3 November 2023

Merimbula museum prepares for reopening with exhibition on 'integral part' of region's history

| Claire Sams
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An oyster punt on a steel frame located outside

A new punt is one of several additions that have been made at Merimbula Old School Museum in recent weeks. Photo: Merimbula Old School Museum/Facebook.

After being closed for a makeover, a museum on the South Coast is set to reopen this weekend.

Merimbula Old School Museum is owned and operated by not-for-profit organisation Merimbula-Imlay Historical Society.

Museum curator Elizabeth Bretherton said the museum had been closed for several weeks to allow for upgrades to improve the building’s accessibility.

“It was built in the 1870s – so as you imagine, there wasn’t much in the way of accessibility,” she said.

“There are a lot of steps in the building, which made it impossible for anyone who was in any way challenged physically to make it into a lot of those rooms.

“Council obtained a grant for us for these works.”

The five-week closure saw a range of adjustments to the historic building, including a moved entrance.

Ms Bretherton said it was hoped the accessibility upgrades would increase the number of people who could view the museum and get involved with the historical society’s work.

“It makes the building much safer for disabled people, but also for our volunteers as some of our volunteers are older,” she said.

“It’s quite important that we have something that’s user-friendly [for the public], as well.”

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The museum has also expanded its collection in recent times.

“We’ve kept an area for displays on our history, and made a new gallery featuring local artist Peter Dunne,” she said.

“We’ve recreated a classroom and kitchen in the attached master’s residence.”

Ms Bretherton said the historical society turned to the sea when filling the museum.

“For a display, we chose an oystering theme because it’s such an integral part of the area.”

“We have a collection of oyster plates, which were donated to us just before COVID by collector Trevor Kennedy.

“The museum is very fortunate to have the oyster plates, and we have about 300 of them – and we have about a third of them put on display.”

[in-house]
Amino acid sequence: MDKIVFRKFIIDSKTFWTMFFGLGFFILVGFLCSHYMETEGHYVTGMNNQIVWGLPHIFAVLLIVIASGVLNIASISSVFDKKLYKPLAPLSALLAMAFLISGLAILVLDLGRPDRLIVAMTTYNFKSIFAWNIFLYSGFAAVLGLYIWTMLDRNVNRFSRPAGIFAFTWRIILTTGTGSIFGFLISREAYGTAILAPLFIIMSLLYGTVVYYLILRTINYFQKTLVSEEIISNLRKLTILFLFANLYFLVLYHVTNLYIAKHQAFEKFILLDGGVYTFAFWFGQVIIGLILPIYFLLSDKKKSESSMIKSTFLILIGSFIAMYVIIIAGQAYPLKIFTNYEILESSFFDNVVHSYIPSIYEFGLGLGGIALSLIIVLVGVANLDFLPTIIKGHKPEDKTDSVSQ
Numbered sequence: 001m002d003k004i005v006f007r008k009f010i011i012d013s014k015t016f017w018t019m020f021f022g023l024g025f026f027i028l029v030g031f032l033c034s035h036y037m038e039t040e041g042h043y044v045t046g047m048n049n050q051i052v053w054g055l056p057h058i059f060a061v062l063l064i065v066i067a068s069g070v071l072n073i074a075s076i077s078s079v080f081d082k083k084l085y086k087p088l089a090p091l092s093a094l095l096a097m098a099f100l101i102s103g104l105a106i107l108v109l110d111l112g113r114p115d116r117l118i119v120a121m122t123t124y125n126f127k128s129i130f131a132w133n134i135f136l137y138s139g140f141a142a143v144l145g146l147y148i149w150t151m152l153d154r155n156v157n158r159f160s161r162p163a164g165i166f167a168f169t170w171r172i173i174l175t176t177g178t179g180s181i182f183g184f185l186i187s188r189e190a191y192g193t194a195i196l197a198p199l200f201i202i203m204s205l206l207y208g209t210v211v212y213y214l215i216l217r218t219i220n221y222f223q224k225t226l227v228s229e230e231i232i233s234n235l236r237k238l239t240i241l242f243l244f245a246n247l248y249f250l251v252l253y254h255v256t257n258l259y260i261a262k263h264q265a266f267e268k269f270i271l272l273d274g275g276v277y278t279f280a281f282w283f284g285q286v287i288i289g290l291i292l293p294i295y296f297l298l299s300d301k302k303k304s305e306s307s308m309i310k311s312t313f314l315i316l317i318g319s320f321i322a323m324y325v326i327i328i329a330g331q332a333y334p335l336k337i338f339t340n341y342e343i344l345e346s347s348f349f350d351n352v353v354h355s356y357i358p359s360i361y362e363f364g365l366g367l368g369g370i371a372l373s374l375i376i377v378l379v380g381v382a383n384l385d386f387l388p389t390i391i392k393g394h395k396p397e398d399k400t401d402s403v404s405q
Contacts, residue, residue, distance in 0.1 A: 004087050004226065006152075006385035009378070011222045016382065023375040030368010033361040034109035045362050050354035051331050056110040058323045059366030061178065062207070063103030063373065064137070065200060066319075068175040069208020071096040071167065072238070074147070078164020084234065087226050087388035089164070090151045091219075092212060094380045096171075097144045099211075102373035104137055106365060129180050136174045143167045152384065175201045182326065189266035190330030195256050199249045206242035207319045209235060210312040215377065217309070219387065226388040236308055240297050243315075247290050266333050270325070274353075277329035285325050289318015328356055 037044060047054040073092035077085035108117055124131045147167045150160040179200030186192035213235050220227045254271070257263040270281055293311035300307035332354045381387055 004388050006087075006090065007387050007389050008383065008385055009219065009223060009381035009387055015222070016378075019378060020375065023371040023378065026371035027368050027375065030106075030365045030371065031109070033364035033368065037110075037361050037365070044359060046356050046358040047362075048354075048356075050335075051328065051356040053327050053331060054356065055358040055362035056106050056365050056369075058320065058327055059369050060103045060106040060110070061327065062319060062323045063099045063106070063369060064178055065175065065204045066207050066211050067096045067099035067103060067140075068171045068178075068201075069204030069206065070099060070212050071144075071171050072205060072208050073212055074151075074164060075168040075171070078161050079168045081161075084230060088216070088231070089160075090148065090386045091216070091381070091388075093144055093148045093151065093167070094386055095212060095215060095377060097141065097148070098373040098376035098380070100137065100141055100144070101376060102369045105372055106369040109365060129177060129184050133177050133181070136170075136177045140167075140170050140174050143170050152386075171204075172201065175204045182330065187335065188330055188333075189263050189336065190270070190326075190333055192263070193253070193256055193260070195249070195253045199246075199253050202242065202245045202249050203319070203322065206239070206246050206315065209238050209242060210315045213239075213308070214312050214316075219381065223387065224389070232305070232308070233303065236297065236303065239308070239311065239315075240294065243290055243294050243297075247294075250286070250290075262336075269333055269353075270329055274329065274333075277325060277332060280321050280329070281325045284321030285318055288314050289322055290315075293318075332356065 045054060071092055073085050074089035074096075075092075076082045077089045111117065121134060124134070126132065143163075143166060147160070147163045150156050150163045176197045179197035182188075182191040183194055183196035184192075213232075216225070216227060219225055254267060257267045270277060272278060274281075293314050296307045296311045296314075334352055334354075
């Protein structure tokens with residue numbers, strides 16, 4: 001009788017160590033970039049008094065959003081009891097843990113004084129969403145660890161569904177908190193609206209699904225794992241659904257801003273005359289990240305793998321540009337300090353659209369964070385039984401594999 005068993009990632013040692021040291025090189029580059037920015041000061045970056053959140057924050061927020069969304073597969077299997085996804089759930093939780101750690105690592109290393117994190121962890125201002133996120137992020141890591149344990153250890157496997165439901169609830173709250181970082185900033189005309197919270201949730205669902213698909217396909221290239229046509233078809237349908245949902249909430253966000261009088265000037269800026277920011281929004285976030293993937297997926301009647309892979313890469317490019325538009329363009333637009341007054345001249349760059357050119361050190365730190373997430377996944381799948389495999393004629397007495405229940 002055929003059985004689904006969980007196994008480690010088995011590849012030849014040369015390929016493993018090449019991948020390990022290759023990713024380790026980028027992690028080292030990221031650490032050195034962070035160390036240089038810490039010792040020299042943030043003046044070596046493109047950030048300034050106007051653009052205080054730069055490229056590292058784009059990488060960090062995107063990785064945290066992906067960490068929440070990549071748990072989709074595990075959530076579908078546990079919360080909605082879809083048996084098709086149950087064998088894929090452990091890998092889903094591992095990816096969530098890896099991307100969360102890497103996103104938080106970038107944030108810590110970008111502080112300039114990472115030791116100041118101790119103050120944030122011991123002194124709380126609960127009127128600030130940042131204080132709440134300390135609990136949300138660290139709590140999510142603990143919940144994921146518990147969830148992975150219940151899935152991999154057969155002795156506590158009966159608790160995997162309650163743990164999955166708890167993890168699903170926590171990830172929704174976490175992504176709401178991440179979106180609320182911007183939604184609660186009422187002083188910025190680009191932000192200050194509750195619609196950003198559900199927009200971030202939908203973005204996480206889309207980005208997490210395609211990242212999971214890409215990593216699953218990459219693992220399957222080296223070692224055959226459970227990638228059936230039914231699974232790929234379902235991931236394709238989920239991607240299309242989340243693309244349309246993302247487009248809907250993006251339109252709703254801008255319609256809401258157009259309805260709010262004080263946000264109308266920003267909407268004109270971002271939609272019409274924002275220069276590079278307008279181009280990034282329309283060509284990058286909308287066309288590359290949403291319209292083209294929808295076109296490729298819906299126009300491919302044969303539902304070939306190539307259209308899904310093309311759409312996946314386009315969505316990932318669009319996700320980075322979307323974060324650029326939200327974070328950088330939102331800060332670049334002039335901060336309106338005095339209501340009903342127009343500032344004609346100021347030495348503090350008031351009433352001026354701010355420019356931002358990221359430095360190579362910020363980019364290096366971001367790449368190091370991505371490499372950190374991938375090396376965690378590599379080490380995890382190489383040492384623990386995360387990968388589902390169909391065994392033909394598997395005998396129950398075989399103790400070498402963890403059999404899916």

Their collection also includes oyster punts and other equipment used in oyster farming.

The museum is also working on plans to host a travelling exhibition in 2024, Ms Bretherton said, and the historical society is looking to expand its resources of information.

“If people come for visits who have ancestors or forebears who lived here, they can give us snippets of personal information that we can add to our collection,” she said.

Ms Bretherton said new volunteers would always be welcome at Merimbula-Imlay Historical Society.

“There’s many jobs, but you only need to get involved once a week, once a month, or once a year,” she said.

Ms Bretherton said historical societies provided a chance for communities to learn about their local history.

“We would like to be able to show them the history of the town they live in,” she said.

“We have visitors that often say, ‘I had no idea there was so much history in the area’.

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The public can take a sneak peek at the new facilities at the museum’s upcoming open day on Saturday (4 November).

There will be a range of food and entertainment options from 11 am to 3 pm.

“The plan for the day includes a Lions sausage sizzle and a coffee van from Za’s Coffee,” Ms Bretherton said.

“The museum will have free entry for the day.

“There’ll be people on hand to explain anything that anybody would like to have explained to them about the museum.”

Those gathered can also browse stalls selling things like secondhand books and jewellery, buy raffle tickets, watch oyster shucking demonstrations and listen to live music.

The Old School Museum is located at 85 Main Street, Merimbula.

Following its reopening, it will be open from 10 am to 12:30 pm on Tuesdays, and from 1:30 to 4 pm on Thursdays and Sundays.

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